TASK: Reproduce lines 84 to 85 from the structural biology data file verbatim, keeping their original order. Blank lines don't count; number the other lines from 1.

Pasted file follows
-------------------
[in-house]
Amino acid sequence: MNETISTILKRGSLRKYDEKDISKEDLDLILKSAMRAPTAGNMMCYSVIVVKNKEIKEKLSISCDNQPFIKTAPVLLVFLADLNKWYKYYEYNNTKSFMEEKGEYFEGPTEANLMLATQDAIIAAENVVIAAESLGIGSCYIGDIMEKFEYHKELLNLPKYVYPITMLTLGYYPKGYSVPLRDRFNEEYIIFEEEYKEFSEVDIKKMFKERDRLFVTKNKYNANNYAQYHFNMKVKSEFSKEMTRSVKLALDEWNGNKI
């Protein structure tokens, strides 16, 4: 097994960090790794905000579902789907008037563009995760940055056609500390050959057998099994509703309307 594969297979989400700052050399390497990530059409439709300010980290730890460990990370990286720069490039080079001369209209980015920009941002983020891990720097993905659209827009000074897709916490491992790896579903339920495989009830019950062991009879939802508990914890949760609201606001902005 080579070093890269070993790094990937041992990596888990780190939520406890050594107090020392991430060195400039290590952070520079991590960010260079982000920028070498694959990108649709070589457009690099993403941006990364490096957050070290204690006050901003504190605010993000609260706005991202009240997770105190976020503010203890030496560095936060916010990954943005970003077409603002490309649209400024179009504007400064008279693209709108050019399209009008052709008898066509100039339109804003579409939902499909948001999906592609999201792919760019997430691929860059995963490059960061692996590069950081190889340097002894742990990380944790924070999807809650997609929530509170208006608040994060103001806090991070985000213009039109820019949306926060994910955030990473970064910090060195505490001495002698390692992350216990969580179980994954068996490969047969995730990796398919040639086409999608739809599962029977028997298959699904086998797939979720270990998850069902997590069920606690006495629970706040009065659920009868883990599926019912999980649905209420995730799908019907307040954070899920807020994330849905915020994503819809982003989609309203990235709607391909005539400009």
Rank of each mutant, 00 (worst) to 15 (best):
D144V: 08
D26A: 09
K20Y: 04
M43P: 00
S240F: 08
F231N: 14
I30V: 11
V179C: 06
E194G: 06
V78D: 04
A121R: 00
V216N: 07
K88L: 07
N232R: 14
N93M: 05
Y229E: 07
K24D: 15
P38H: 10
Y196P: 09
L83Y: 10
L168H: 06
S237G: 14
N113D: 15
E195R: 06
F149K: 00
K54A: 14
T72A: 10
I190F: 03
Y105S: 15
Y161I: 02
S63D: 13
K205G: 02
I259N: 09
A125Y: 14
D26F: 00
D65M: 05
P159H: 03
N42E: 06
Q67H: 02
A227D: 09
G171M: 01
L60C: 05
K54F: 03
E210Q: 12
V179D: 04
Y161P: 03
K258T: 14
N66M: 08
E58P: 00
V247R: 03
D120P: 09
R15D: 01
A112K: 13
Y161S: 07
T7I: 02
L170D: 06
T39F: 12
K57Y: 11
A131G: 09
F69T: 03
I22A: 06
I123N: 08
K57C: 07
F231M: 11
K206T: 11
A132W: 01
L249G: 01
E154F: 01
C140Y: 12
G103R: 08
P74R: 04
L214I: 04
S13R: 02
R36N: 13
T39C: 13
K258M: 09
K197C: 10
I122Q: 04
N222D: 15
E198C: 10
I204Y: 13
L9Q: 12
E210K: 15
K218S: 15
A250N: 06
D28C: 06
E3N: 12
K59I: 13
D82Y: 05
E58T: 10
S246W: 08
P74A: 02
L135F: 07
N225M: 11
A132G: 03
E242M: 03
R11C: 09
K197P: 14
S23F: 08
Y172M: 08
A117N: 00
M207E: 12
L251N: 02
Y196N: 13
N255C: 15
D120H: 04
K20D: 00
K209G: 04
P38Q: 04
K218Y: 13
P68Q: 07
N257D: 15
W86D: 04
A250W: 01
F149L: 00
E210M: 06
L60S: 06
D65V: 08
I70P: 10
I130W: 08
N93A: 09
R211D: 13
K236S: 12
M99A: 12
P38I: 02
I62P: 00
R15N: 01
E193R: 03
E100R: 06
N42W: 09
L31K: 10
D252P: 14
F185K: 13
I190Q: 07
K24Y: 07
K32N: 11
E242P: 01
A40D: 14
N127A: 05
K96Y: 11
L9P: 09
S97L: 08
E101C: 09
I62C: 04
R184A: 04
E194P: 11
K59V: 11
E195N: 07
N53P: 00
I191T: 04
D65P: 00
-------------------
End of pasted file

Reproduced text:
E198C: 10
I204Y: 13